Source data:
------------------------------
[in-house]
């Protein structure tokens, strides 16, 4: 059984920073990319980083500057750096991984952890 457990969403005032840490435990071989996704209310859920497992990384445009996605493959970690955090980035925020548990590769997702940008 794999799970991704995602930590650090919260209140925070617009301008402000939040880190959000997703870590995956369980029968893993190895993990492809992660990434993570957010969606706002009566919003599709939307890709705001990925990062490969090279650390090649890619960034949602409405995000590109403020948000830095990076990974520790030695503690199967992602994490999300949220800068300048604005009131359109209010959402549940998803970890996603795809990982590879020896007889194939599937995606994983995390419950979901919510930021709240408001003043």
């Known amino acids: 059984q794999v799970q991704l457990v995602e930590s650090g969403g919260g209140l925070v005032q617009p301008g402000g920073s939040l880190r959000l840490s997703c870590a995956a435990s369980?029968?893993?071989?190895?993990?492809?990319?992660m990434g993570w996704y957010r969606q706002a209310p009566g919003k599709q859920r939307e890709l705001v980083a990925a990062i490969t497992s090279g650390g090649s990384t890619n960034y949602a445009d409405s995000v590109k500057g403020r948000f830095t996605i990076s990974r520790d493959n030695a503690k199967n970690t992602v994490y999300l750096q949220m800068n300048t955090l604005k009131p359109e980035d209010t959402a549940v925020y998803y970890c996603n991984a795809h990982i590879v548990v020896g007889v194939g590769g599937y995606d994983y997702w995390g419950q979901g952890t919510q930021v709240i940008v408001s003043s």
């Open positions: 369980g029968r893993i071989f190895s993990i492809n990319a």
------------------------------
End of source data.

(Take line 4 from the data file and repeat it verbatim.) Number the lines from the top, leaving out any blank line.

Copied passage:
């Open positions: 369980g029968r893993i071989f190895s993990i492809n990319a």